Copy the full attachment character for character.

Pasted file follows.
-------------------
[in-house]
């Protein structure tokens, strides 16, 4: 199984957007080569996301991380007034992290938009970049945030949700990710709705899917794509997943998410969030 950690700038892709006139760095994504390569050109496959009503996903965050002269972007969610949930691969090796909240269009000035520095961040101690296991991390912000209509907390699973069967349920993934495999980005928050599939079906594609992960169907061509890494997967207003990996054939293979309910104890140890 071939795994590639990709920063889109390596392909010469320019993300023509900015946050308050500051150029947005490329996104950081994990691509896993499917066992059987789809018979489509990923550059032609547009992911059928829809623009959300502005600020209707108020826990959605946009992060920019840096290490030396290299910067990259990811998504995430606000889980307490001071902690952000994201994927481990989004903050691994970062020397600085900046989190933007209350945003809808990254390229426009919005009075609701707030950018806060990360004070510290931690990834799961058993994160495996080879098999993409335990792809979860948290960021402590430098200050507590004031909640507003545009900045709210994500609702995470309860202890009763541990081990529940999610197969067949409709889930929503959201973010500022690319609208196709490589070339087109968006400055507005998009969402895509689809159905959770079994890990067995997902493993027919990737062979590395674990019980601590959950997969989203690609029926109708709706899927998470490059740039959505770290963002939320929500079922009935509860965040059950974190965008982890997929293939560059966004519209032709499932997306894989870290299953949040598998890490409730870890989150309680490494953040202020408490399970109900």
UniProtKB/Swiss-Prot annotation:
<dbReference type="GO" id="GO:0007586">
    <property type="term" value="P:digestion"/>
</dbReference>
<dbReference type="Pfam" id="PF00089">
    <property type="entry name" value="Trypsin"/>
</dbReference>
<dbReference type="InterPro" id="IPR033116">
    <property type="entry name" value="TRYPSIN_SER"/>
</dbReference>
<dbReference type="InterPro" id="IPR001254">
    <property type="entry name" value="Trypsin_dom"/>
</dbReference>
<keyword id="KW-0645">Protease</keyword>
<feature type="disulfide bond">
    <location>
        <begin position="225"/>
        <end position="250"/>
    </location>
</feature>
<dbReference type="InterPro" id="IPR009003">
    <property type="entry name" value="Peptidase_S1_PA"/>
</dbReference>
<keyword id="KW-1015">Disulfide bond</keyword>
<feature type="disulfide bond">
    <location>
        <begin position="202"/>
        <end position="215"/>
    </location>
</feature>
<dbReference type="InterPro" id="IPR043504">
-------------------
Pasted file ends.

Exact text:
[in-house]
């Protein structure tokens, strides 16, 4: 199984957007080569996301991380007034992290938009970049945030949700990710709705899917794509997943998410969030 950690700038892709006139760095994504390569050109496959009503996903965050002269972007969610949930691969090796909240269009000035520095961040101690296991991390912000209509907390699973069967349920993934495999980005928050599939079906594609992960169907061509890494997967207003990996054939293979309910104890140890 071939795994590639990709920063889109390596392909010469320019993300023509900015946050308050500051150029947005490329996104950081994990691509896993499917066992059987789809018979489509990923550059032609547009992911059928829809623009959300502005600020209707108020826990959605946009992060920019840096290490030396290299910067990259990811998504995430606000889980307490001071902690952000994201994927481990989004903050691994970062020397600085900046989190933007209350945003809808990254390229426009919005009075609701707030950018806060990360004070510290931690990834799961058993994160495996080879098999993409335990792809979860948290960021402590430098200050507590004031909640507003545009900045709210994500609702995470309860202890009763541990081990529940999610197969067949409709889930929503959201973010500022690319609208196709490589070339087109968006400055507005998009969402895509689809159905959770079994890990067995997902493993027919990737062979590395674990019980601590959950997969989203690609029926109708709706899927998470490059740039959505770290963002939320929500079922009935509860965040059950974190965008982890997929293939560059966004519209032709499932997306894989870290299953949040598998890490409730870890989150309680490494953040202020408490399970109900």
UniProtKB/Swiss-Prot annotation:
<dbReference type="GO" id="GO:0007586">
    <property type="term" value="P:digestion"/>
</dbReference>
<dbReference type="Pfam" id="PF00089">
    <property type="entry name" value="Trypsin"/>
</dbReference>
<dbReference type="InterPro" id="IPR033116">
    <property type="entry name" value="TRYPSIN_SER"/>
</dbReference>
<dbReference type="InterPro" id="IPR001254">
    <property type="entry name" value="Trypsin_dom"/>
</dbReference>
<keyword id="KW-0645">Protease</keyword>
<feature type="disulfide bond">
    <location>
        <begin position="225"/>
        <end position="250"/>
    </location>
</feature>
<dbReference type="InterPro" id="IPR009003">
    <property type="entry name" value="Peptidase_S1_PA"/>
</dbReference>
<keyword id="KW-1015">Disulfide bond</keyword>
<feature type="disulfide bond">
    <location>
        <begin position="202"/>
        <end position="215"/>
    </location>
</feature>
<dbReference type="InterPro" id="IPR043504">